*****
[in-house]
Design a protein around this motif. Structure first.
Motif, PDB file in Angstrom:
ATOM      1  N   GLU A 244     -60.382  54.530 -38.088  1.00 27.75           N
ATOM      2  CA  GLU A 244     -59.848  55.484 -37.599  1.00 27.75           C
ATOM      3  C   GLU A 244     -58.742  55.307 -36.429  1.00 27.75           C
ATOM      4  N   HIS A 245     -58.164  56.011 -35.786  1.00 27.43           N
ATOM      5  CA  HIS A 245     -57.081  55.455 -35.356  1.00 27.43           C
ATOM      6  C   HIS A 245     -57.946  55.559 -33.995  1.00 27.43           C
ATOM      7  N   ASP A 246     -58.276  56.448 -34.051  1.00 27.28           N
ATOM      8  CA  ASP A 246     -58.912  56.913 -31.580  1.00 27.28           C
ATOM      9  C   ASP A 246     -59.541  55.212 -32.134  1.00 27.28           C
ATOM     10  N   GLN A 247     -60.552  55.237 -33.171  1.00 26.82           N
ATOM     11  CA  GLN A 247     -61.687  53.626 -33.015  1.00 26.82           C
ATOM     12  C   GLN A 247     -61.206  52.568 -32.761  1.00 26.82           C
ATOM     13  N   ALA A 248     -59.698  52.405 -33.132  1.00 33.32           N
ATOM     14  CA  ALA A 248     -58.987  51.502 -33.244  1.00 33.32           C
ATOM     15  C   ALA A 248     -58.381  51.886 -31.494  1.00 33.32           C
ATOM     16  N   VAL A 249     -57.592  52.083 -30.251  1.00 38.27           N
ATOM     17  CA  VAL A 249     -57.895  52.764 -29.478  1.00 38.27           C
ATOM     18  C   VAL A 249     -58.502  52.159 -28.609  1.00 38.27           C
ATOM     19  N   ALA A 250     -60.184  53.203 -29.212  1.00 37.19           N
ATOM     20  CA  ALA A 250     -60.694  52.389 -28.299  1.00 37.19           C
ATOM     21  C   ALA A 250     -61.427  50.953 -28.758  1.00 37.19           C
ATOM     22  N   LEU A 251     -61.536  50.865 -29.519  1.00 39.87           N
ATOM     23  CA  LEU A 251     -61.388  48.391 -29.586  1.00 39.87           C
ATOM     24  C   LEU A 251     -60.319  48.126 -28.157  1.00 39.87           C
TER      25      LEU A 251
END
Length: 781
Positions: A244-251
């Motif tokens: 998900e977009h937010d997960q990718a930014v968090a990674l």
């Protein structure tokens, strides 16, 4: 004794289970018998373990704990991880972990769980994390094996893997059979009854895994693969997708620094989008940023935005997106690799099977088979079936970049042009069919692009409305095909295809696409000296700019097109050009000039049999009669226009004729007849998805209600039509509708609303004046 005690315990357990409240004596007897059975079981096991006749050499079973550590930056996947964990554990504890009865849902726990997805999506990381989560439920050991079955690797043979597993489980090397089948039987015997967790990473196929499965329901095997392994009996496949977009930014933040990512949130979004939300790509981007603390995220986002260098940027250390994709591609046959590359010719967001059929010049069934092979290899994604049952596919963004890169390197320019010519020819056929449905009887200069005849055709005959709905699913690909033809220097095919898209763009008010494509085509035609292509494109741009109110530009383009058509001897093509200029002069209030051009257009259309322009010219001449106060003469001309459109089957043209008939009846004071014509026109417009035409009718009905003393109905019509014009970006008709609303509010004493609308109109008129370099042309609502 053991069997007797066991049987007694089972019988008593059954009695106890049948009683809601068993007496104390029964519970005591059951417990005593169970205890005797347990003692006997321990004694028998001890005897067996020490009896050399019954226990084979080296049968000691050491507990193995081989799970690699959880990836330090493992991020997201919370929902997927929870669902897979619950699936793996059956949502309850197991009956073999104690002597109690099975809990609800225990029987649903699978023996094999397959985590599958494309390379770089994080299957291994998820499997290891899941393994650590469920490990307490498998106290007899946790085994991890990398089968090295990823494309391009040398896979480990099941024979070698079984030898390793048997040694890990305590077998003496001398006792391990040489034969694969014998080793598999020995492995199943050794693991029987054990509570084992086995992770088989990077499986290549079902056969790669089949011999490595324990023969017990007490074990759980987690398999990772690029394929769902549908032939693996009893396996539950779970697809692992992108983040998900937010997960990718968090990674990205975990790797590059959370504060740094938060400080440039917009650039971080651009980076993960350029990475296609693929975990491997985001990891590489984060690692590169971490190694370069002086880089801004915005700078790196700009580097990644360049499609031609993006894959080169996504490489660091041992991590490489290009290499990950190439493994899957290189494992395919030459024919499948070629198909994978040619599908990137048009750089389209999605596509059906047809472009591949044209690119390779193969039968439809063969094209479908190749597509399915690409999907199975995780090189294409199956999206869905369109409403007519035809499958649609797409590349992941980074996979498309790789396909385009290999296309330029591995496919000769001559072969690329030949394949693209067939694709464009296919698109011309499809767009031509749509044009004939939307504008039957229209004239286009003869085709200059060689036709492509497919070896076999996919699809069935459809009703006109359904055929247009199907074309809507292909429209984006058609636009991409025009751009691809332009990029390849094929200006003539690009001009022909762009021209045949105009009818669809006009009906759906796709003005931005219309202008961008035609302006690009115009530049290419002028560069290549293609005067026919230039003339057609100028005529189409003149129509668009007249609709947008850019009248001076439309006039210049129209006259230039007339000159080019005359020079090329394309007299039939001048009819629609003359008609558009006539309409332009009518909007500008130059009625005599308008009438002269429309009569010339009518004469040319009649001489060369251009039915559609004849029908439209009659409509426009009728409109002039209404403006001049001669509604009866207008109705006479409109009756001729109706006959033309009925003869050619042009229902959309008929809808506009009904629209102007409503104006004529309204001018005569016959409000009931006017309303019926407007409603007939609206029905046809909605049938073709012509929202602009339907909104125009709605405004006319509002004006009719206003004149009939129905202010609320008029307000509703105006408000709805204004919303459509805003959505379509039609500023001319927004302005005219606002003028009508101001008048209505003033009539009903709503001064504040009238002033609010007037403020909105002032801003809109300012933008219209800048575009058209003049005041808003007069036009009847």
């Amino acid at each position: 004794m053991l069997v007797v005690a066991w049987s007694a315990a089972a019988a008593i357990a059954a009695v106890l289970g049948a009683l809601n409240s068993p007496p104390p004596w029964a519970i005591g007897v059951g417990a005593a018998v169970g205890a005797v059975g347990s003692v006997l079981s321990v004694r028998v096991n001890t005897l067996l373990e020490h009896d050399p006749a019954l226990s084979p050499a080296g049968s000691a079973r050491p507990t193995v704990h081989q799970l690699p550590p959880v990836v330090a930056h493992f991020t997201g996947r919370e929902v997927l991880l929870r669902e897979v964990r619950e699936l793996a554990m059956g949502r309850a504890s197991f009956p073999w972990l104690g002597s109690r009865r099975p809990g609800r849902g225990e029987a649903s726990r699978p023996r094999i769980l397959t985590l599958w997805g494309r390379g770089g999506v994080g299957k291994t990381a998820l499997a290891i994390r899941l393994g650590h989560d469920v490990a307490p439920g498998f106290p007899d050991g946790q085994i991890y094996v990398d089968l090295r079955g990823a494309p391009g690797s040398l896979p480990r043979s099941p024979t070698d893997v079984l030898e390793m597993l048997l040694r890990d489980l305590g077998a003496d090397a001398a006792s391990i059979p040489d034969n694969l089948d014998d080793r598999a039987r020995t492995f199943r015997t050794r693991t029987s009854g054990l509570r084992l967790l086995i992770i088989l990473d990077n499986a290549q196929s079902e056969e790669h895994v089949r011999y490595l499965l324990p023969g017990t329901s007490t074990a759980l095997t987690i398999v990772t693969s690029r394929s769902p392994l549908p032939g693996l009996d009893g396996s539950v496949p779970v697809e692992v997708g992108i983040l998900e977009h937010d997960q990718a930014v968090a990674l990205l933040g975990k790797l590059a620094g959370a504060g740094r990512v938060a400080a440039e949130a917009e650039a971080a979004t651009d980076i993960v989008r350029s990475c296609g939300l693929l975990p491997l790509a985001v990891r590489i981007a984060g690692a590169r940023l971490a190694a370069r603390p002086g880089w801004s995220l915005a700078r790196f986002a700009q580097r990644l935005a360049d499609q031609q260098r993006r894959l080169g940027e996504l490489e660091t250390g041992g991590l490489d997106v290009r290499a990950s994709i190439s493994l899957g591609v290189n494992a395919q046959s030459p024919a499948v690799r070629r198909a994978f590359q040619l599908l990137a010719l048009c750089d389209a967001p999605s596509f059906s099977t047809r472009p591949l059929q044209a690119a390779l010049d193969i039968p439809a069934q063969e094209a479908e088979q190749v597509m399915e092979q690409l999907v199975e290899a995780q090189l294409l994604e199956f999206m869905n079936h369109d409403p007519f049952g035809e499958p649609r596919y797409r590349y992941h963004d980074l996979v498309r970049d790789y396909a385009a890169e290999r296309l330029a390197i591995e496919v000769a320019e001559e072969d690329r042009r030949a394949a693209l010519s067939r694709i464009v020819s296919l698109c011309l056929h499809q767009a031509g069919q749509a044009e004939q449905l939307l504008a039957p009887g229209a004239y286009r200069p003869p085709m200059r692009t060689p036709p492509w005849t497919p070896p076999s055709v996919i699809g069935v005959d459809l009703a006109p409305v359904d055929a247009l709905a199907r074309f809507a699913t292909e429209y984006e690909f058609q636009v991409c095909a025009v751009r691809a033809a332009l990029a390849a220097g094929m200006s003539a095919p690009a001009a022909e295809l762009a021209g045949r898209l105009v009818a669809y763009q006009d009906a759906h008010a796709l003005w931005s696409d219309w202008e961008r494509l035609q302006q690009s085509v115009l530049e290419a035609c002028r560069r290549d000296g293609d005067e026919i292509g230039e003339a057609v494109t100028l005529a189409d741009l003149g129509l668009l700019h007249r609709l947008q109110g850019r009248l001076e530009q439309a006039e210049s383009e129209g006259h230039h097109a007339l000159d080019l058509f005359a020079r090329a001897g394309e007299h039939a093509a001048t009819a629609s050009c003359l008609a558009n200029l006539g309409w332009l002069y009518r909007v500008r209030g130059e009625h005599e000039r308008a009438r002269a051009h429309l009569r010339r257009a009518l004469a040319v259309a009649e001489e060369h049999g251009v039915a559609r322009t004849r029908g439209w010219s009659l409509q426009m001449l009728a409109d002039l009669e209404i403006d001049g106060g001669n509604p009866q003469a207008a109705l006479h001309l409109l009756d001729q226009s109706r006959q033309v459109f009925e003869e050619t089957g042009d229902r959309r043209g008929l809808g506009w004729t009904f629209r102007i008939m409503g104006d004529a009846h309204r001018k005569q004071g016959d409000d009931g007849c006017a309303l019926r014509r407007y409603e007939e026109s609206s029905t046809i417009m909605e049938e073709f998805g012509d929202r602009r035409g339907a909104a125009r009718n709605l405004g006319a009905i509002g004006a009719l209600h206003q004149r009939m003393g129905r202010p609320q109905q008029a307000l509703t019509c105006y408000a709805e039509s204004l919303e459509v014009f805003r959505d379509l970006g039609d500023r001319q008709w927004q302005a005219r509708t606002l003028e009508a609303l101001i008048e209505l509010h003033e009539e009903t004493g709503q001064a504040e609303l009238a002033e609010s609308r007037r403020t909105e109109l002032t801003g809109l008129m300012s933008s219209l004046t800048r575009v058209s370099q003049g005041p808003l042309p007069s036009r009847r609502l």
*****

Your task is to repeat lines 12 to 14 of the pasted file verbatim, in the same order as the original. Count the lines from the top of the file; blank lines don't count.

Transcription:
ATOM      9  C   ASP A 246     -59.541  55.212 -32.134  1.00 27.28           C
ATOM     10  N   GLN A 247     -60.552  55.237 -33.171  1.00 26.82           N
ATOM     11  CA  GLN A 247     -61.687  53.626 -33.015  1.00 26.82           C